Dec 19, 2010 (LBO) – Sri Lanka has good growth prospects if deficit spending can be reduced allowing the economy to be stable, and can also expect more financing from World Bank as the island emerges from a conflict, an official said. The US Federal Reserve devalued its currency against gold in 1933 setting the stage to depreciate the currency and the steal the real wealth of the people without openly taxing them to finance ‘welfare states’.
Under the Bretton Woods system of unstable pegs, other countries were able to depreciate faster than the US (which was the only country nominally tied to gold) and create higher levels of inflation, foreign exchange shortages and deficit spend to build large governments.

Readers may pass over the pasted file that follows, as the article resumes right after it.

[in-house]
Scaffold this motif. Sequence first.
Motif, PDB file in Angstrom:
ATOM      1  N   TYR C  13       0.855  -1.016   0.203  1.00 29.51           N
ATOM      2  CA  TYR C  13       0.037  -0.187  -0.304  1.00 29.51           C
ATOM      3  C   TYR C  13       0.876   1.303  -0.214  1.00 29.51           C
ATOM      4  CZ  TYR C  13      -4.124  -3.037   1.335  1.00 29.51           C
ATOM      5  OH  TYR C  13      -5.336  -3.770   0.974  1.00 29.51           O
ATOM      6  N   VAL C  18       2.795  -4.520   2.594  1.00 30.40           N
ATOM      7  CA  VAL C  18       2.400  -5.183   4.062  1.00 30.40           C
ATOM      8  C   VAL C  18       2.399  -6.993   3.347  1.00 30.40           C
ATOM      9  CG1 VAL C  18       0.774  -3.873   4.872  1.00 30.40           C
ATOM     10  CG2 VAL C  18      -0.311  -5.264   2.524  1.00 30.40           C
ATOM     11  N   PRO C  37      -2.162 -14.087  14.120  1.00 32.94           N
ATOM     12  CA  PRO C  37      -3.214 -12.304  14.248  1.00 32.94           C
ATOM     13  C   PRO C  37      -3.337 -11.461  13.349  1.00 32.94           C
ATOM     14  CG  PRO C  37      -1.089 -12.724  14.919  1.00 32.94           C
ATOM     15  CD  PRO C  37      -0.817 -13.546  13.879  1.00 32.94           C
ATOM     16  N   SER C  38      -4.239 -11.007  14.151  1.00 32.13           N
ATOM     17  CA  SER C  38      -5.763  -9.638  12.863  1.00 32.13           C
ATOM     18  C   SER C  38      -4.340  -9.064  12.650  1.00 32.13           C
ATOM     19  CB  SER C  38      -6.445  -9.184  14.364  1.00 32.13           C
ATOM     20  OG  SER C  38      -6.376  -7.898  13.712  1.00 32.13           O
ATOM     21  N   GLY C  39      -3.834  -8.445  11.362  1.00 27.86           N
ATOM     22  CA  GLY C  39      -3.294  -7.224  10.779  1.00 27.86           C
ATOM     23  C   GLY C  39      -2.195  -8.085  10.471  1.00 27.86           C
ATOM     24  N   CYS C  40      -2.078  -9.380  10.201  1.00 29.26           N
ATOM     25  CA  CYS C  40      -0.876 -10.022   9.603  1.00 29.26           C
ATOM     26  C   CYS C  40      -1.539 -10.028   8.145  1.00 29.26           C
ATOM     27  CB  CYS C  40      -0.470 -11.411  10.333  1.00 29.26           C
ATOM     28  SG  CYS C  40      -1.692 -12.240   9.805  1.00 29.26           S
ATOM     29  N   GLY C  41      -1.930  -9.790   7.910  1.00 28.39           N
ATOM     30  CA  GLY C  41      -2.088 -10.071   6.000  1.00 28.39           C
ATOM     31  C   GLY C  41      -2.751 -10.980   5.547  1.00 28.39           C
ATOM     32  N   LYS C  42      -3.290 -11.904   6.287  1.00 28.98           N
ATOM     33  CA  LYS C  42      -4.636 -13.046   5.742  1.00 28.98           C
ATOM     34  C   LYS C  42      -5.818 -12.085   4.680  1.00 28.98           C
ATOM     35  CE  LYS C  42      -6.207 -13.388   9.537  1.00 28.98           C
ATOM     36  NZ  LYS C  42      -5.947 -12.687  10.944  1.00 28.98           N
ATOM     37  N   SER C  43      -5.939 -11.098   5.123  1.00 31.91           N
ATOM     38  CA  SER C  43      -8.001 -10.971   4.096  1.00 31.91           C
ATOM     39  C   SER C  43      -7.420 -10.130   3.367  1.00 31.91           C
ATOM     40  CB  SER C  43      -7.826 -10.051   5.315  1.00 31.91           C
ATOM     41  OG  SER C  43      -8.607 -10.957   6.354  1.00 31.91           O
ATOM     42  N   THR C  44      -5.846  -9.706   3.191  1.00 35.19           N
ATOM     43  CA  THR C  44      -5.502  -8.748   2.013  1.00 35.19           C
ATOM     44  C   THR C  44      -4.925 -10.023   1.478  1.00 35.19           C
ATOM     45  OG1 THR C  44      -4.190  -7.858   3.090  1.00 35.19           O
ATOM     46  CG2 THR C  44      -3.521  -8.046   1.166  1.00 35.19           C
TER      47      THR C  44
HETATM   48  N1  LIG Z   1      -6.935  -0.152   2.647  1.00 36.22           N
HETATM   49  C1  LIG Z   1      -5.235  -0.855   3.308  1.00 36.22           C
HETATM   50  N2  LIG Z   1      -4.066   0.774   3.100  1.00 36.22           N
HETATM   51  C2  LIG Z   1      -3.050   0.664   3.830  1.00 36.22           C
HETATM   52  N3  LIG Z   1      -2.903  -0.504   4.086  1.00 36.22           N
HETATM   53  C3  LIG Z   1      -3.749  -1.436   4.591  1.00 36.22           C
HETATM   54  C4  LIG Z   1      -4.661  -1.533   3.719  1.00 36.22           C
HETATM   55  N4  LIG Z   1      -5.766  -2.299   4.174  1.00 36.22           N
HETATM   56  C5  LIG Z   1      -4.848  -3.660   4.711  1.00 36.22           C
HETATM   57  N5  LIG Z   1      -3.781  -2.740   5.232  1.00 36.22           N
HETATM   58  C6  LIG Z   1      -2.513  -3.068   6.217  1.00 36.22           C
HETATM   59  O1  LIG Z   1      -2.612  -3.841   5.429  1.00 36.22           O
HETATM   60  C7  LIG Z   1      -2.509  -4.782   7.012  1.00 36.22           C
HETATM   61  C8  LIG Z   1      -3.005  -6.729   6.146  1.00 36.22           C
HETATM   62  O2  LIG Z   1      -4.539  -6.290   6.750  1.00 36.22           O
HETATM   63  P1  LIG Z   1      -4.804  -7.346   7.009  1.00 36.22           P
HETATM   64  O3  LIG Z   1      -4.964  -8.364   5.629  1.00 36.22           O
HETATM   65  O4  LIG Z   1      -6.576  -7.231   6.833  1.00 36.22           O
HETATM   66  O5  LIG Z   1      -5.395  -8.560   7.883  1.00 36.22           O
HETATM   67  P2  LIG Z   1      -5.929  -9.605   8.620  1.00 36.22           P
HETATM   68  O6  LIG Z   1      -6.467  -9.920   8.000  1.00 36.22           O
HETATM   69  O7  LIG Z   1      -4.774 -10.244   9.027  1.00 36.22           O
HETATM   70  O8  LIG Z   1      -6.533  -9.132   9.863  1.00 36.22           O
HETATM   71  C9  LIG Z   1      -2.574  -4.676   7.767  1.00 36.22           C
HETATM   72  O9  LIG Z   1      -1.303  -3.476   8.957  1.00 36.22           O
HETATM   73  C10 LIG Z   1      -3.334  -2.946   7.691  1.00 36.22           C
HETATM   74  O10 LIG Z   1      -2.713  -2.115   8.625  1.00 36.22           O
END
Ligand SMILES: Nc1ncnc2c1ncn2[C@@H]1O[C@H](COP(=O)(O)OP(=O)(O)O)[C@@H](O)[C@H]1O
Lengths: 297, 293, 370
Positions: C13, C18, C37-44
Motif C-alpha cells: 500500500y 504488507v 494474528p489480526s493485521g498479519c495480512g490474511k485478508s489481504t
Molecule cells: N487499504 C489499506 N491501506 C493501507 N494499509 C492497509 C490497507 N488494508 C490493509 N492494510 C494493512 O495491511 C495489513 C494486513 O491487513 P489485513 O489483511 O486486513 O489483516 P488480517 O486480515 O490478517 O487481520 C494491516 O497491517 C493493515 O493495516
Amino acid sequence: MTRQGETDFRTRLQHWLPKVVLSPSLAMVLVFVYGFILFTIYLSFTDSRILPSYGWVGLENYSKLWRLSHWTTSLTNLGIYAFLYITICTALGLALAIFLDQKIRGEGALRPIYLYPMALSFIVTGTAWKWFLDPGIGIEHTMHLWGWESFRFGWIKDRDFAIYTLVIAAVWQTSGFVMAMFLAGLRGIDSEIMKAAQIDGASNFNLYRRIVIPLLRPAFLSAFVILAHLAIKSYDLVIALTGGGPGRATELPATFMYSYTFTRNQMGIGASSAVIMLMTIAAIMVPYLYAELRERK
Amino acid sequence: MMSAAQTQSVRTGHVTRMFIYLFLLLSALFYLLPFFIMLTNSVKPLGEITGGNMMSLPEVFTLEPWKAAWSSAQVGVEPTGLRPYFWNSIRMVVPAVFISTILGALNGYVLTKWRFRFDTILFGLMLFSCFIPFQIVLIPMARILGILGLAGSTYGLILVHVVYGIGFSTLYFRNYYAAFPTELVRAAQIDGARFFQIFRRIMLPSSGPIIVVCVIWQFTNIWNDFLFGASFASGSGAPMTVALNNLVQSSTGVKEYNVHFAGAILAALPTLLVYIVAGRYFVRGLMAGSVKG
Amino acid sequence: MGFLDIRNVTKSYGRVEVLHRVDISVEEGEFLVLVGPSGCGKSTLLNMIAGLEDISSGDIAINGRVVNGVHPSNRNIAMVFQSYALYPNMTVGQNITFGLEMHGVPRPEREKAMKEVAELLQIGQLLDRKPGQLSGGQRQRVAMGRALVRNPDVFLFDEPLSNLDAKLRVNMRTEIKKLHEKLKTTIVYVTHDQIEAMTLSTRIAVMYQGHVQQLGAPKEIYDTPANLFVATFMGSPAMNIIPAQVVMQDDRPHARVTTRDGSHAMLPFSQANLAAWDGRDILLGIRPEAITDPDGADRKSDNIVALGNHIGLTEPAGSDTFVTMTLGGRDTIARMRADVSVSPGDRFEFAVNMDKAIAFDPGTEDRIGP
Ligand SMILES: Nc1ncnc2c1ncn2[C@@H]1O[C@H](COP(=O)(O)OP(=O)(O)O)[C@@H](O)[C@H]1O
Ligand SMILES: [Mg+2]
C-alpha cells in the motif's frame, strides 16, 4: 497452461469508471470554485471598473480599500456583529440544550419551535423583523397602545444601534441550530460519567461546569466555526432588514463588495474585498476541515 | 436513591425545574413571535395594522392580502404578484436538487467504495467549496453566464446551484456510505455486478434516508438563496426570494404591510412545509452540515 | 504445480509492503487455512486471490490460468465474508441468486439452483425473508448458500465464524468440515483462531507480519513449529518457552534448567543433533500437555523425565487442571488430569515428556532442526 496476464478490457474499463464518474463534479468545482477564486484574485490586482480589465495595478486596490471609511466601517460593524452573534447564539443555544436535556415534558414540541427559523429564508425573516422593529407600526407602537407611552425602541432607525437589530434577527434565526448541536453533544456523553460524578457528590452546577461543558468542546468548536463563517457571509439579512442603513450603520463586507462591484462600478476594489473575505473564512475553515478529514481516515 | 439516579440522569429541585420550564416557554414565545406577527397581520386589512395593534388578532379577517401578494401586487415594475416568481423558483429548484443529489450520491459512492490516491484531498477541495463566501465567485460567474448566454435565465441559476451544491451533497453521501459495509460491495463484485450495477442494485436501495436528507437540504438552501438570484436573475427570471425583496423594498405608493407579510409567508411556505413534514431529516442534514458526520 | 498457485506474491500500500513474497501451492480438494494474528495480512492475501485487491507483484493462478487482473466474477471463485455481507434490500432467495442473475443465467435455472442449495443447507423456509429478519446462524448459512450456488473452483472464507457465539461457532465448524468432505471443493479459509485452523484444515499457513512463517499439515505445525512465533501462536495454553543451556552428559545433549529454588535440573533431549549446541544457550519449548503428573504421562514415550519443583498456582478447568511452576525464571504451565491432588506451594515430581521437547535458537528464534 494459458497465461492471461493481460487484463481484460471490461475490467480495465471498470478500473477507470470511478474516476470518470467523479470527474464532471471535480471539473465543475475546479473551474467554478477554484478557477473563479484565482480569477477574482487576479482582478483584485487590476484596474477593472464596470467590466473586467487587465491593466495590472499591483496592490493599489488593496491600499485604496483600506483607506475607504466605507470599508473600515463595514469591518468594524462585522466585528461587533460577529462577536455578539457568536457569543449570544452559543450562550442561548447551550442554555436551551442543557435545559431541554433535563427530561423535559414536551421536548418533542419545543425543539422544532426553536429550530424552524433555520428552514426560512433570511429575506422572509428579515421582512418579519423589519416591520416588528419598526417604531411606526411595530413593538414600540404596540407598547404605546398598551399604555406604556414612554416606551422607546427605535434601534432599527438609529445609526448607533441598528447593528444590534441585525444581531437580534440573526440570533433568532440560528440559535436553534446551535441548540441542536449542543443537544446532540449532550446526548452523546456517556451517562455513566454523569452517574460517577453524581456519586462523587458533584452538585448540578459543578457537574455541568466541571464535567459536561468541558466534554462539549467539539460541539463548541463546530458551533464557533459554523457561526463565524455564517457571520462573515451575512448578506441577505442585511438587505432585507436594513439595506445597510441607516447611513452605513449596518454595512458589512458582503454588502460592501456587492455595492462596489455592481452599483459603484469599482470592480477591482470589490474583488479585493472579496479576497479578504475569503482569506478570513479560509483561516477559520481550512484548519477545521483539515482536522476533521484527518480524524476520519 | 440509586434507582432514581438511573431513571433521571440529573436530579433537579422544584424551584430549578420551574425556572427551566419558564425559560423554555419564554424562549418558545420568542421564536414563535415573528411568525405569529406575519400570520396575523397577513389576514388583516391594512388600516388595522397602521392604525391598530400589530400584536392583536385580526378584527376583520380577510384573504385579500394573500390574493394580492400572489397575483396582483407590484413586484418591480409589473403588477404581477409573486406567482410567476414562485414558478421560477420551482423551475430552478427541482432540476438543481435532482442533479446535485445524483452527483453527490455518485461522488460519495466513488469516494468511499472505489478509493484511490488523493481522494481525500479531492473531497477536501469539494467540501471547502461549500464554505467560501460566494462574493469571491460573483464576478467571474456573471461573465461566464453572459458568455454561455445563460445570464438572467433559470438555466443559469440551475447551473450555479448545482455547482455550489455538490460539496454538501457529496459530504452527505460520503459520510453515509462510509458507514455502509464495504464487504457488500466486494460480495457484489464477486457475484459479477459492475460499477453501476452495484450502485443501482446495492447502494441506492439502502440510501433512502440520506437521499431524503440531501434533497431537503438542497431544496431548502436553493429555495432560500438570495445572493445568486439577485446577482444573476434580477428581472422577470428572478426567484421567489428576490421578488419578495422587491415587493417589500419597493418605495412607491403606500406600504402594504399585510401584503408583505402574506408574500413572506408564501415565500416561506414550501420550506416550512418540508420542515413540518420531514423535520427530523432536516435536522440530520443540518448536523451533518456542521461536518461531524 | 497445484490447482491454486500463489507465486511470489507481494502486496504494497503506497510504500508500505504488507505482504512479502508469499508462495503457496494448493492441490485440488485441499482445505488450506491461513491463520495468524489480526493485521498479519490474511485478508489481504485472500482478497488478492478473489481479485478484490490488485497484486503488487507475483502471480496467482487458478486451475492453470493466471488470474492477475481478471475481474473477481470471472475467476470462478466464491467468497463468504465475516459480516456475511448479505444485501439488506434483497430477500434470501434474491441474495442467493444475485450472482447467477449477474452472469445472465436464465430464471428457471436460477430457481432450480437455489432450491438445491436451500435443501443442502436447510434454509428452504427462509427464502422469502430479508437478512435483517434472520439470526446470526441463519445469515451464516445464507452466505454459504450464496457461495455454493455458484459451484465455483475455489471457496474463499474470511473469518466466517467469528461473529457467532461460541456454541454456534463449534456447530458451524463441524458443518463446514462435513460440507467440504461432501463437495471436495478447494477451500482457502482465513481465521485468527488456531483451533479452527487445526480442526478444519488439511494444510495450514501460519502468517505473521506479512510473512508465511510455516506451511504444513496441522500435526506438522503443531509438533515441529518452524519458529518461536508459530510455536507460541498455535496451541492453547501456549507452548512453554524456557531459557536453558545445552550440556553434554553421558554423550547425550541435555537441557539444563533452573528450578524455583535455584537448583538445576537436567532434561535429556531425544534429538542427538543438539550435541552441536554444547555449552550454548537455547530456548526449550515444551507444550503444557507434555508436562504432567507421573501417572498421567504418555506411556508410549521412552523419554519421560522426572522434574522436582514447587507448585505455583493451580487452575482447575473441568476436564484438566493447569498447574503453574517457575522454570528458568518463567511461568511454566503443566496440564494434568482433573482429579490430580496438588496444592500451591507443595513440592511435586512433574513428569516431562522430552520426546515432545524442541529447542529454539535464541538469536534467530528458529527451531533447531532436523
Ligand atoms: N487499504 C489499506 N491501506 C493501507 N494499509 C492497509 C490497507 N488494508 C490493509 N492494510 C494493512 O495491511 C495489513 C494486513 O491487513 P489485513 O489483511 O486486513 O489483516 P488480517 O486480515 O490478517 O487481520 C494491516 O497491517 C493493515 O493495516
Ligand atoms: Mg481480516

Sri Lanka got the ability to deficit spend, print money and create high levels of inflation and depreciate the currency after a central bank was created in 1950 ending a currency board arrangement that has kept the economy stable under British rule.
Sri Lanka’s exchange rate was fixed from 1885 until 1950, but under the Bretton Woods system of dollar pegs, exchange controls were imposed within two years and many shackles were placed on peoples’ freedom to move capital and trade with other countries.
After the Br